Planning a dream trip to Colorado can be a challenge. The Centennial State is not only large, it is diverse and fascinating. If you don't have much time to spend, choosing where to go can feel overwhelming. Life is full of obligations that can get in the way, but it's possible to have an amazing, action-packed Colorado Rocky Mountain adventure in just a long weekend.
Get an early start from Denver and head toward beautiful Boulder. Stretch your legs with a stroll down Pearl Street, where on any given weekend there's likely to be an event or festival in a city that celebrates all things outdoors.
From Boulder it's just an hour to Estes Park and the gateway to the Rocky Mountain National Park. Flip a coin as to whether you enter the park through the Beaver Meadows or Fall River entrances. The loop road between the two entrances offers an accessible and leisurely introduction to the park. Take in the open meadows and elk herds surrounding Sheep Lakes and then some classic Rocky Mountain vistas across to the iconic front range 14er, Longs Peak.
If you like the look of those peaks, get closer! Take the meandering Bear Lake Road up a scenic valley with family-friendly interpretive trails options at Sprague Lake or the Bear Lake loop at the end of the road. If you're looking for something a little longer, hike to Nymph and Dream Lakes from the Bear Lake parking lot. Spend your first night in the Rockies at one of the equally pretty campgrounds on the Estes Park side of the park.
Rise and shine! If you stayed at Moraine Park or Glacier Basin campgrounds, you're just a short drive from a cafe and a relaxing start to your day in Estes Park. The keen hiker might skip the latte and head south toward the majestic Chasm Lake in the shadows of Longs Peak or back toward Bear Lake and some of the longer day hikes such as Lake Haiyaha or Andrews Glacier, one of the few remaining glaciers in the state. Both hikes take you into some spectacular alpine backcountry, and both test your fitness as they straddle the 10,000-foot contour.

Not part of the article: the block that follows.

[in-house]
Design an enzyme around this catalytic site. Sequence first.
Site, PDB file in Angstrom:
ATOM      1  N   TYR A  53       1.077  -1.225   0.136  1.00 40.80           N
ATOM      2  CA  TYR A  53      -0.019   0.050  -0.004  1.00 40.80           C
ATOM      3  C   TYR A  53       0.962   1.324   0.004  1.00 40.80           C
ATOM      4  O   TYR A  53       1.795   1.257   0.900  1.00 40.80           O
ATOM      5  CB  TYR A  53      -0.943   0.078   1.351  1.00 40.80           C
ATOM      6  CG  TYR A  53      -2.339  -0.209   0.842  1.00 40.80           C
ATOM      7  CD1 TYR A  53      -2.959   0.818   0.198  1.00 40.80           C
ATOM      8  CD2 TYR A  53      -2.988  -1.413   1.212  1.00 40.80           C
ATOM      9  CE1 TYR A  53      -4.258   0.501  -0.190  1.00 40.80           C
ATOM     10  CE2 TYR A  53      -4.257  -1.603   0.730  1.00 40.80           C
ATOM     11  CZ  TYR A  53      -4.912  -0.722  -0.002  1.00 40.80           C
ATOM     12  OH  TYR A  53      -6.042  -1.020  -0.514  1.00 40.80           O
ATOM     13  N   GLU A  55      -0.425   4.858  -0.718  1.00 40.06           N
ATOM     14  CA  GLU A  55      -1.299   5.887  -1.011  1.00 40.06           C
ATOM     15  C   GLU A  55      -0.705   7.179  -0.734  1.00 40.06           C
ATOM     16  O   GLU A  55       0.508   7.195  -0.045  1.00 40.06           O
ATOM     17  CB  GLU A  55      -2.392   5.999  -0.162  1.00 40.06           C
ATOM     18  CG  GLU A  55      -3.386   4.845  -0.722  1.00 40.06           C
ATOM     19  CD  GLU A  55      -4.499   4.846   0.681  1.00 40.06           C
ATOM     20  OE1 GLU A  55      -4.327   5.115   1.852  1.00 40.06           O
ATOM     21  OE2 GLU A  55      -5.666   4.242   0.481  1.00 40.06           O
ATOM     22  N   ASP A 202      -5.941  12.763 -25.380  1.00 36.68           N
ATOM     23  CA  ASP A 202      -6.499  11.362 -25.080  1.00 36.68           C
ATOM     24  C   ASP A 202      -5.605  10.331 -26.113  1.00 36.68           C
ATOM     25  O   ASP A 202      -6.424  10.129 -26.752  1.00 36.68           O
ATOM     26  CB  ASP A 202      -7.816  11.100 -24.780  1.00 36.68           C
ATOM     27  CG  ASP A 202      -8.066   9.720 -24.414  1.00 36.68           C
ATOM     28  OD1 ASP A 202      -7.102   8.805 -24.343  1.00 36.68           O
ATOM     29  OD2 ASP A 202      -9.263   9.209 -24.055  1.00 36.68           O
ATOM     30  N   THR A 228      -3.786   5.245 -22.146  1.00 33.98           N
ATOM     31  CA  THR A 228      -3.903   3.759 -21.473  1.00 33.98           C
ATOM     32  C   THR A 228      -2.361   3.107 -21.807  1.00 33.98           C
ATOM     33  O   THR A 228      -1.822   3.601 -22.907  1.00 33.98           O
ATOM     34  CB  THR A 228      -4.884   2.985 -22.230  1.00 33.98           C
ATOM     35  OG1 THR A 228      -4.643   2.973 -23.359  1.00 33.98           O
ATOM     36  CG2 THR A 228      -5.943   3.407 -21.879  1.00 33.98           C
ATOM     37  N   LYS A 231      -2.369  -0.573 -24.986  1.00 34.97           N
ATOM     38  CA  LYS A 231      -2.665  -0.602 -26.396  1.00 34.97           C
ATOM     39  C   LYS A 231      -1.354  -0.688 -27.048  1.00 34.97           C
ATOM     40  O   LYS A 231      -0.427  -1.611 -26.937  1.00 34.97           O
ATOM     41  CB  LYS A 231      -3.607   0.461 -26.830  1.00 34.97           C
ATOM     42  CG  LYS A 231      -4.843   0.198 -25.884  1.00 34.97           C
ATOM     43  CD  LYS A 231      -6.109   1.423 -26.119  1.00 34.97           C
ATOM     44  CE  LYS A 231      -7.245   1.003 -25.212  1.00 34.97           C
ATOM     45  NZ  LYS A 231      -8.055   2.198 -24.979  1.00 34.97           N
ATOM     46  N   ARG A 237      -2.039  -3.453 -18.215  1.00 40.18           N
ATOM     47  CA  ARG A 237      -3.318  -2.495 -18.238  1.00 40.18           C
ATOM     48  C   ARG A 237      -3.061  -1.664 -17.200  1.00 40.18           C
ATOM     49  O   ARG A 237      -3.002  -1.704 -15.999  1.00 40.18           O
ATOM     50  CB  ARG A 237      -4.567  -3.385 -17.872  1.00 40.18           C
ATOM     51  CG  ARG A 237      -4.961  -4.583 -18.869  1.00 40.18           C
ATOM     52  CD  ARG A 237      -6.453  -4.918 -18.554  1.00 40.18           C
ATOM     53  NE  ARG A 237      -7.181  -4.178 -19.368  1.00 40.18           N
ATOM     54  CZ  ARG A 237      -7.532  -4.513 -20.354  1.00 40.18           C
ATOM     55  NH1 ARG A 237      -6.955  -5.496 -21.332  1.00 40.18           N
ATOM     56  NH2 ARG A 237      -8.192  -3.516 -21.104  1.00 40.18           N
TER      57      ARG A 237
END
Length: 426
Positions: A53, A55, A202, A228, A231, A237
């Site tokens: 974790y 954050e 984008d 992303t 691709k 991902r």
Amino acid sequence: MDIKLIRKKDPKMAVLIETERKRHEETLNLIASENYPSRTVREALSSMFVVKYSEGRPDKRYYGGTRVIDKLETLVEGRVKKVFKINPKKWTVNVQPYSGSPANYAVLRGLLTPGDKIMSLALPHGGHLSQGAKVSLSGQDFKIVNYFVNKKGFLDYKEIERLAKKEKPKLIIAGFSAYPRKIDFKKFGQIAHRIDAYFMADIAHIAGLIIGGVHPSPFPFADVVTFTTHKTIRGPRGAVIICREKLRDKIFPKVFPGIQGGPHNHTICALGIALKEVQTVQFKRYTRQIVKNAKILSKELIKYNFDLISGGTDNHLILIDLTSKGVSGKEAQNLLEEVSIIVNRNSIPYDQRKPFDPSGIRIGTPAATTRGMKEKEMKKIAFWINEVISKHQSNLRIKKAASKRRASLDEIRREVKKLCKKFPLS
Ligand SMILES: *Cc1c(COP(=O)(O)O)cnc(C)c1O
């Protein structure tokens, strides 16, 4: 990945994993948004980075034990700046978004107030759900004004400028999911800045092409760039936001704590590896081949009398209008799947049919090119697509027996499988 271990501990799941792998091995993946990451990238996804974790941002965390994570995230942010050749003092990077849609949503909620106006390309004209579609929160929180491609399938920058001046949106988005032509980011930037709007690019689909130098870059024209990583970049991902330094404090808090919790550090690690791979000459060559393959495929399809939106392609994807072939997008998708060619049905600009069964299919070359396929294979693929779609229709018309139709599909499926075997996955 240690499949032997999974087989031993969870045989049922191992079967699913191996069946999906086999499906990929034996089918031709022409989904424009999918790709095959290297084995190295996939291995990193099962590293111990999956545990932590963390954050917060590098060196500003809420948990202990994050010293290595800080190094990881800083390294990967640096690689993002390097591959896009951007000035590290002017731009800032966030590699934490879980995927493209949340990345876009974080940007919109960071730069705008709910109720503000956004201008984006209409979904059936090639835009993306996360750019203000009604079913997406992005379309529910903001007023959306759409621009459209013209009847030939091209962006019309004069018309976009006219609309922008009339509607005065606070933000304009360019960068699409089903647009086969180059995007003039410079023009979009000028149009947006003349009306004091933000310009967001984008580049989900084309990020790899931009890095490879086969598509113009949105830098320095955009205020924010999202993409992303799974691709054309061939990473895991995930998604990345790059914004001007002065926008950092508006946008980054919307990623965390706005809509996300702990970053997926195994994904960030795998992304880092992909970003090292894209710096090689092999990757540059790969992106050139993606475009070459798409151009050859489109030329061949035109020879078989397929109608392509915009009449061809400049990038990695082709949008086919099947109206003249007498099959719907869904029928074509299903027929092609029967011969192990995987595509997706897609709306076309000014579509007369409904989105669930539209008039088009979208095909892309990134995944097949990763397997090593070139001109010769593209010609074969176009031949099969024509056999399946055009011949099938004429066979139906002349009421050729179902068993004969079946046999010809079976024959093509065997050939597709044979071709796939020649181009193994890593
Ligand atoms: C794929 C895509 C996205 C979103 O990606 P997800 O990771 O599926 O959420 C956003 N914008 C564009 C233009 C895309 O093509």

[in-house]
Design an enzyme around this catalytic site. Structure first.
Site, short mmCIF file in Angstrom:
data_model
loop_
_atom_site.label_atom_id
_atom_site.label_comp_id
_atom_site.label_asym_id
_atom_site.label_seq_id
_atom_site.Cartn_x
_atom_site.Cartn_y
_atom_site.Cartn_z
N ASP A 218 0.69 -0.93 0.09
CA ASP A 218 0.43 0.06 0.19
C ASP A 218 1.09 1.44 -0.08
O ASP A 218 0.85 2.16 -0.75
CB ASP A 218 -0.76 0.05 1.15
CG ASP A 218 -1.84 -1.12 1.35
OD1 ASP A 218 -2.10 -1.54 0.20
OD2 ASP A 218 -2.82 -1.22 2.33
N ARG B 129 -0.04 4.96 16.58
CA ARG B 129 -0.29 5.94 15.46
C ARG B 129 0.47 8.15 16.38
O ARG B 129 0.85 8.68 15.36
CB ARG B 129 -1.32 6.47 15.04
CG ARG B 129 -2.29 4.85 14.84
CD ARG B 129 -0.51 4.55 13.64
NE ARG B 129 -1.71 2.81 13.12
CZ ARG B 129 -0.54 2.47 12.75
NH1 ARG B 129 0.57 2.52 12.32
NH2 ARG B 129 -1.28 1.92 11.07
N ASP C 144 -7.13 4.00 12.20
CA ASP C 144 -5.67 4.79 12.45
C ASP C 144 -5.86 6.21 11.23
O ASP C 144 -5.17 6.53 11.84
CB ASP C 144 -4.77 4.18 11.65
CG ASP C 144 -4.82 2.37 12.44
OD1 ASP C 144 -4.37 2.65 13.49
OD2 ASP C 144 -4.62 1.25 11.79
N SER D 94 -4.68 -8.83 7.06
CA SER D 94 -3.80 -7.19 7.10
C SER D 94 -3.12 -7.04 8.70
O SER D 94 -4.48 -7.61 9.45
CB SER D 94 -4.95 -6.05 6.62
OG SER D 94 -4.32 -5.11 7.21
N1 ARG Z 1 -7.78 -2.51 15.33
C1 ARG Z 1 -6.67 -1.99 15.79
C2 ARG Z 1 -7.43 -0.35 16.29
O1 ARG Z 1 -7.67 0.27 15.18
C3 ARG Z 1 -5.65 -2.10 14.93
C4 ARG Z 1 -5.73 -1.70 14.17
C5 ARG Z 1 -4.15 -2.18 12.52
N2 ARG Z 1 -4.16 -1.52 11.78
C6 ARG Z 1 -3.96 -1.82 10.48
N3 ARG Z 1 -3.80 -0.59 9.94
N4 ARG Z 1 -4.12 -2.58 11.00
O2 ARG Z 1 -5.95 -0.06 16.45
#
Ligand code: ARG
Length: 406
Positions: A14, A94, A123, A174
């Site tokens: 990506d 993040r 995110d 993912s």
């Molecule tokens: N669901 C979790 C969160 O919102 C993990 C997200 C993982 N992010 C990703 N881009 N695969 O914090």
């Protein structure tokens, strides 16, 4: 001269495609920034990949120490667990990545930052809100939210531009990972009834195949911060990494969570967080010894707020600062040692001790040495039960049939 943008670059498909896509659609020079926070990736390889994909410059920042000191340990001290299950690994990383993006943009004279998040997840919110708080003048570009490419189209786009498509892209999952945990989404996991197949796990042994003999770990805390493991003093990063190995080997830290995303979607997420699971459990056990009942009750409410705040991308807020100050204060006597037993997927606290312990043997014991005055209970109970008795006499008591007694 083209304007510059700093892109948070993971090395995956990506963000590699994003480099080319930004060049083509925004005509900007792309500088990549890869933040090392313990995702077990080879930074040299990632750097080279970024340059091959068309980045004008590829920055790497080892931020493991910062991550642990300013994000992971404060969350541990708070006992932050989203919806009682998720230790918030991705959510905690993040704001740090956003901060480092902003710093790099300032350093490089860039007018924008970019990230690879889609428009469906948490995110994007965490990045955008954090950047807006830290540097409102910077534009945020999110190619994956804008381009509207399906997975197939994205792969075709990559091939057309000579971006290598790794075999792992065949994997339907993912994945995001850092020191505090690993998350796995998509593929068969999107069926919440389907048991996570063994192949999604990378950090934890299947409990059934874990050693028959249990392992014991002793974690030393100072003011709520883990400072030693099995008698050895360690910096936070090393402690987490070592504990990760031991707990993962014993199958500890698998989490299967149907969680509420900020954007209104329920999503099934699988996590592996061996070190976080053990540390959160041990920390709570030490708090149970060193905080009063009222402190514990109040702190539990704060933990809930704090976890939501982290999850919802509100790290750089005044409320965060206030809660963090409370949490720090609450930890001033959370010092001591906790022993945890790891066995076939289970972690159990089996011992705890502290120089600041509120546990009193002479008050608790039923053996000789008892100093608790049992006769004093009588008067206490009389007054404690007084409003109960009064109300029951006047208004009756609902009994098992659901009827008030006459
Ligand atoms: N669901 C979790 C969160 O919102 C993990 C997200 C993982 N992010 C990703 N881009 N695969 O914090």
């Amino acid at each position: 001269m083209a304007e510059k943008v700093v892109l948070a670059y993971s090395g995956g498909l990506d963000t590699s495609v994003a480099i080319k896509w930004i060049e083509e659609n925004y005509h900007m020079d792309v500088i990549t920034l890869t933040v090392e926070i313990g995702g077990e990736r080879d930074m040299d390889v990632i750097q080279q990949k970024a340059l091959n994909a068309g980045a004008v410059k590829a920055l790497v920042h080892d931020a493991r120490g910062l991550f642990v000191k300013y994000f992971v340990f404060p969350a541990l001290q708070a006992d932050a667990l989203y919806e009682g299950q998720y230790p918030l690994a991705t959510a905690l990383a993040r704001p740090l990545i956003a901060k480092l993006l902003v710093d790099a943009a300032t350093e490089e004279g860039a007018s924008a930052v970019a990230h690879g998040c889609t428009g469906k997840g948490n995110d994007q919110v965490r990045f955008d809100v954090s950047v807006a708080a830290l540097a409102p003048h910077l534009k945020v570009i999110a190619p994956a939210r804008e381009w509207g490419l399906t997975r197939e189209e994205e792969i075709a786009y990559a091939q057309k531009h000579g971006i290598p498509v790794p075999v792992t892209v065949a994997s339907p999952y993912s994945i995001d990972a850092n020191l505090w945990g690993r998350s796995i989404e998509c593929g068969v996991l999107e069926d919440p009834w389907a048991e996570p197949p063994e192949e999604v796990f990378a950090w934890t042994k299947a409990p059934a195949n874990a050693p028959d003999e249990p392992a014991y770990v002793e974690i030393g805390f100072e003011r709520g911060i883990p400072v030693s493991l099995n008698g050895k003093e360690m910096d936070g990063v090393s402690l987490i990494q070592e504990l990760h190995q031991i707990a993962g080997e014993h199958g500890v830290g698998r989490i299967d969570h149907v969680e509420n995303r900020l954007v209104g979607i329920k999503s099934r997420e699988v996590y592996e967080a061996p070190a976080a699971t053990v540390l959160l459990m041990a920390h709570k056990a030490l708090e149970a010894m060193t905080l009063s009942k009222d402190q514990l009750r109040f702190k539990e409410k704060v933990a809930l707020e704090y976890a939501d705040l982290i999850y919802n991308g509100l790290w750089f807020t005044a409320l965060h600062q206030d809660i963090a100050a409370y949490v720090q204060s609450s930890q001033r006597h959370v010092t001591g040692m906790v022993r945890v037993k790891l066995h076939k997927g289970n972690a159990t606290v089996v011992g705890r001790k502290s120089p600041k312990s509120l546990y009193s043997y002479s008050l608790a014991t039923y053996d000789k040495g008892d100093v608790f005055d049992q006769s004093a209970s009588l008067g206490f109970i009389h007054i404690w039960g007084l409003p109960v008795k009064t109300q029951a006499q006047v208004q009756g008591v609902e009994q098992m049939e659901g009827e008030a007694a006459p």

For the afternoon, shift gears by driving (or riding) the iconic Trail Ridge Road. The only vehicle traverse of the park, this road usually opens on Memorial Day weekend and is crowded for much of the summer. The road climbs over 3,500 feet from Fall River as it crosses the Continental Divide and begins the descent toward the Pacific. The views are unrelentingly beautiful, so take advantage of the pull-outs to savor all the park has to offer in the alpine.
The descent from the Continental Divide at Miller Pass takes you toward the headwaters of the Colorado River and the aptly-named Never Summer Range on the western side of the park. The Kawuneeche Valley is also home to lot of history, much of it on display and open for you to explore as you head toward the Timber Creek Campground and the Kawuneeche Visitor Center at the Grand Lake entrance.
If you spent the night at Timber Creek there's a good chance you'll wake to mule deer and maybe even moose tramping around the campground or adjoining wetlands. From the campground, exit the park at Grand Lake and head west. The terrain changes quickly from the lush forest and rising peaks of the national park, giving way to a drier, more expansive landscape. The Colorado River remains ever-present on this drive, with some of the most striking views along Trough Road, a gravel connector between highways 9 and 31. On this stretch you can enjoy any of swimming, soaking, hiking or floating in the Colorado River.
Leaving the river, head for the interstate and explore your pick of Colorado's famous resort towns that line the route east. Detour off the highway to Breckenridge and a quick hike around beautiful Blue Lakes. This short stroll has beautiful lakes, waterfalls, stunning alpine vistas, inquisitive mountain goats, and - if you look closely - remnants of the area's mining past.
Add on one last detour by hitting the former gold mining town of Fairplay before making a final descent from the mountains back to Denver and the end of a memorable long weekend.